The number of poorly companies fell last year amid favourable economic conditions in the UK.
According to research by accountants Ernst & Young, 342 companies issued profit warnings in 2006, down 10 per cent from the 381 that missed their numbers in 2005.
Among the most hard-hit sectors were software and computer companies, support services, retailers and food producers.
But in another blow to the reputation of the Alternative Investment Market (AIM), most of those running into trouble were listed on the London Stock Exchange's market for smaller companies. That is a marked change from 2002, the last time a comparable number of companies issued profit warnings. Then, AIM-listed companies accounted for just 30 per cent of the total. Last year they totalled 54 per cent.
Some investors have complained about the quality of companies listed on AIM. That has spurred the LSE to impose restrictions to make it harder to bring companies to market.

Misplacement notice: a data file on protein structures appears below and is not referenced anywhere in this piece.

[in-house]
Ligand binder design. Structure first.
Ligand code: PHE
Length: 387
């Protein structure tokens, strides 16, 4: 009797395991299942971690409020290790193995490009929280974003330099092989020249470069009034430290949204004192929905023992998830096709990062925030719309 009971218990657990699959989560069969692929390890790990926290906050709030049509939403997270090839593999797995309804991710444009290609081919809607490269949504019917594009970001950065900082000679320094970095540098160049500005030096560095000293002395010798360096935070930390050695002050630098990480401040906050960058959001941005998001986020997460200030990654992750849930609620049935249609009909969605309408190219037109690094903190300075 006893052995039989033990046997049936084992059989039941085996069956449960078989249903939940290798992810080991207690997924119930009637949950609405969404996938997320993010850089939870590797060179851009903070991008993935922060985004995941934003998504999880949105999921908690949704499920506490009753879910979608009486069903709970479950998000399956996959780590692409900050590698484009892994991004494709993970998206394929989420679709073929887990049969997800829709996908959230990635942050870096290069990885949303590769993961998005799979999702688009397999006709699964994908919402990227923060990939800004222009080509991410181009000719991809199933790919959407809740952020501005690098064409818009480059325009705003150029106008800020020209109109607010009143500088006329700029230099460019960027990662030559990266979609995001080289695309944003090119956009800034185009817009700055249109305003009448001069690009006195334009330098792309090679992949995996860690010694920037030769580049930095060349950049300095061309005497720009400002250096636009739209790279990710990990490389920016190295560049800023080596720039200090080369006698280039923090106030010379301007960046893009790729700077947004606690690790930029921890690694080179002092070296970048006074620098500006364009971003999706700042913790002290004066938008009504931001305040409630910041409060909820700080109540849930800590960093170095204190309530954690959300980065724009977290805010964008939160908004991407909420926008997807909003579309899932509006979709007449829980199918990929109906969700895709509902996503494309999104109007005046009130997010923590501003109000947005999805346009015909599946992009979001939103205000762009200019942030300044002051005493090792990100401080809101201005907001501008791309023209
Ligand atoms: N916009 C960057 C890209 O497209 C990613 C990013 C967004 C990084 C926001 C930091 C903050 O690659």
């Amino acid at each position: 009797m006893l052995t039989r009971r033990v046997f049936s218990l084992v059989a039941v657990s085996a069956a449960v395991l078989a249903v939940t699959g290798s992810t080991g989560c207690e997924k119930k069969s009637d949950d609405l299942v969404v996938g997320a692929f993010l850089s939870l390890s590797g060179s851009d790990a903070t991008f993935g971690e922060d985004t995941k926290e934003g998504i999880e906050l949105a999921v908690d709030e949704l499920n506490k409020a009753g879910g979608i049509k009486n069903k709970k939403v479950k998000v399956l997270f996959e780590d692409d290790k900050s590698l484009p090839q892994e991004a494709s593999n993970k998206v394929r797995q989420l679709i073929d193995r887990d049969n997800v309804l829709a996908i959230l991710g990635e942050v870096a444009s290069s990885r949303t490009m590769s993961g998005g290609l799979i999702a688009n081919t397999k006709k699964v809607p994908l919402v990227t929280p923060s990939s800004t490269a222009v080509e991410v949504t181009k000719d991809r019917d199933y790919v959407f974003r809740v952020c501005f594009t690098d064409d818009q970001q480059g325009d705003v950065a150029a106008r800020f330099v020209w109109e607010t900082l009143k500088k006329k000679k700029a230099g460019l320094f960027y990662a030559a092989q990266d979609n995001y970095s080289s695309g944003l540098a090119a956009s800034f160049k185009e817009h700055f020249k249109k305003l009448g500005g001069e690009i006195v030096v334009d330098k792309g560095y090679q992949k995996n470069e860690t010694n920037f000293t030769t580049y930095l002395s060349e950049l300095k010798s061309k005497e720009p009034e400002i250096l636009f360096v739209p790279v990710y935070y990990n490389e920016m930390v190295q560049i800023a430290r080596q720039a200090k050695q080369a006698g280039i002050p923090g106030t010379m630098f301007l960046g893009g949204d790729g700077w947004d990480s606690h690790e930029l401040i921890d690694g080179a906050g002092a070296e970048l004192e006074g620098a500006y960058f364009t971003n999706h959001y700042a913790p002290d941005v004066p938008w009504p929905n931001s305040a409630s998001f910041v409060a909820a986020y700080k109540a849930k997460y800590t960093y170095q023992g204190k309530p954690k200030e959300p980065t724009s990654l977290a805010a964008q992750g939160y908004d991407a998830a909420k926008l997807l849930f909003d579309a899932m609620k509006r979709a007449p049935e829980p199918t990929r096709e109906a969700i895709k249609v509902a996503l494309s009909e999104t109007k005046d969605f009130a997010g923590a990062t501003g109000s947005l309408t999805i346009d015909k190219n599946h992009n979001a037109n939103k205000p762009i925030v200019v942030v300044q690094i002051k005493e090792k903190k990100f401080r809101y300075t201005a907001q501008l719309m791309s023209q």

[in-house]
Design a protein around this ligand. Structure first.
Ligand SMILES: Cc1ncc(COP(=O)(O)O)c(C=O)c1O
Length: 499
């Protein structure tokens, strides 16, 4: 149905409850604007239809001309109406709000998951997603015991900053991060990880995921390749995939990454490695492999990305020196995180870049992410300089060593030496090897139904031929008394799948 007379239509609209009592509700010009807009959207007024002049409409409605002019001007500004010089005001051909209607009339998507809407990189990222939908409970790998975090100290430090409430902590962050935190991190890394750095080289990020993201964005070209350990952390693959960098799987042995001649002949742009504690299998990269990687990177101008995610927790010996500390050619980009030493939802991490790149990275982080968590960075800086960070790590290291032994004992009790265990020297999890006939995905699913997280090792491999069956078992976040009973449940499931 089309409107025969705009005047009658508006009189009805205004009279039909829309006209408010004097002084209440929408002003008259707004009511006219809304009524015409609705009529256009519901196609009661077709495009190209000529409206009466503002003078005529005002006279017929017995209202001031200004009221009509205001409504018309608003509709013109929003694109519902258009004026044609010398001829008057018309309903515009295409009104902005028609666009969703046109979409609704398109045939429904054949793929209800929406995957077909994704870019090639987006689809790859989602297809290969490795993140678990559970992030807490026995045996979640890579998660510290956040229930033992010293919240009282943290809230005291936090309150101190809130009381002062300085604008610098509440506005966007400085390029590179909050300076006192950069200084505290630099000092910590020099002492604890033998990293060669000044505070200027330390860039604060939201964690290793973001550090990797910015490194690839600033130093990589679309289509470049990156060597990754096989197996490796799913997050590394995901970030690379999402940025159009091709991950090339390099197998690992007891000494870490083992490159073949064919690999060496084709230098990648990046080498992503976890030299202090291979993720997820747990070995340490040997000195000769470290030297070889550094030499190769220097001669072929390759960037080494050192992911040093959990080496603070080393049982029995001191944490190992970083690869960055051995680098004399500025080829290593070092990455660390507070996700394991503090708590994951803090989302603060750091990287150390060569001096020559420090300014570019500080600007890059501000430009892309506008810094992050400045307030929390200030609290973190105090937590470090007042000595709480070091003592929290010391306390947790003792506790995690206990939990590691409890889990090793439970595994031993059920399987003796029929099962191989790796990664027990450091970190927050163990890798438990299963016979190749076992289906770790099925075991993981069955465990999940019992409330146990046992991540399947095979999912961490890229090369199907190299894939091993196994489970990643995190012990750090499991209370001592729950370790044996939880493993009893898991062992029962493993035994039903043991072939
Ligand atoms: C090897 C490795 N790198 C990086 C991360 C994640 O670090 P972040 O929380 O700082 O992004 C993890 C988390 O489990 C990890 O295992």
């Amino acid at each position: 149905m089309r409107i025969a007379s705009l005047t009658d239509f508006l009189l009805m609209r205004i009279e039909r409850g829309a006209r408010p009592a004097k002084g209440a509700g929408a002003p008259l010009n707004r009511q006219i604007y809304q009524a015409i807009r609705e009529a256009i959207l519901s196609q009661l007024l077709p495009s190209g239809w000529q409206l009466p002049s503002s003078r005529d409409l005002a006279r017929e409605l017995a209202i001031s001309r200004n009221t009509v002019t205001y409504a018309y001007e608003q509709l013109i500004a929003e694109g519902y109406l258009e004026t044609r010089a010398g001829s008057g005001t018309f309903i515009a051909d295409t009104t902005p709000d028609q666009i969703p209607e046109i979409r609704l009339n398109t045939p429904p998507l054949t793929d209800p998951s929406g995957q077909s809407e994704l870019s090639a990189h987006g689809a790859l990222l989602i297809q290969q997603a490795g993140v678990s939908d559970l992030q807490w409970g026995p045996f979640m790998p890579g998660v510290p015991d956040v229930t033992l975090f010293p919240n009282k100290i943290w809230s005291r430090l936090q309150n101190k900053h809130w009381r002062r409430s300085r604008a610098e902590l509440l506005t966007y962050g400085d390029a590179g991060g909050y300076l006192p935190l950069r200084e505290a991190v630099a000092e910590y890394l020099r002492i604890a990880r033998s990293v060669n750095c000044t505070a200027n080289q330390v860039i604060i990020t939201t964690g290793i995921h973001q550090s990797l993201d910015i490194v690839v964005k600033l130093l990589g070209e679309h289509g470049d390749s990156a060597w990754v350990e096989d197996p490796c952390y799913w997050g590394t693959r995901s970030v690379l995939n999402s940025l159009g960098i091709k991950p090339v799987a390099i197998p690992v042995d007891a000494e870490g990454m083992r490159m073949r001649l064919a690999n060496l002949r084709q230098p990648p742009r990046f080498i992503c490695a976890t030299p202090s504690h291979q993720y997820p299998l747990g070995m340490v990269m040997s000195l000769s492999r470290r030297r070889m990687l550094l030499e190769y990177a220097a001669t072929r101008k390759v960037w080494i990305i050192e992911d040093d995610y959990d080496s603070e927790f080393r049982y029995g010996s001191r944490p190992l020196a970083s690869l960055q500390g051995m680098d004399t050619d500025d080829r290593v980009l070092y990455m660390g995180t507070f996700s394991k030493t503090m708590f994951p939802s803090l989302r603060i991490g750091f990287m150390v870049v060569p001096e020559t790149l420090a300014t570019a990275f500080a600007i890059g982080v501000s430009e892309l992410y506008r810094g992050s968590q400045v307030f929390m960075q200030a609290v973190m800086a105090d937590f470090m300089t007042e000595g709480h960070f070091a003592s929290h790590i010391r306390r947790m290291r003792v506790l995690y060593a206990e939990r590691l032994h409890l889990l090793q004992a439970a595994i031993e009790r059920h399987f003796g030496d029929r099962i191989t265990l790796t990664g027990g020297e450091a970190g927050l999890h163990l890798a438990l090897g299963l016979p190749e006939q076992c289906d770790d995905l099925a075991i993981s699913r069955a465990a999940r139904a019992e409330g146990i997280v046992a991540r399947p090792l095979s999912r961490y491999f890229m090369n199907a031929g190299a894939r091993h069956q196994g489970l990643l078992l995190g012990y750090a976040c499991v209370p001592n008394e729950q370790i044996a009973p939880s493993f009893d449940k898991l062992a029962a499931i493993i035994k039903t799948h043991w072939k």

"The high incidence of profit warnings from AIM companies, especially in their first year of flotation, has placed increased scrutiny on the junior market," said Andrew Wollaston, a partner at E&Y. "Its light regulatory burden is one of AIM's main attractions. But with AIM becoming increasingly popular, there will be more competition for investment."
E&Y expects more companies to miss estimates in 2007 as the tightening credit market could lead to financing difficulties and insolvencies.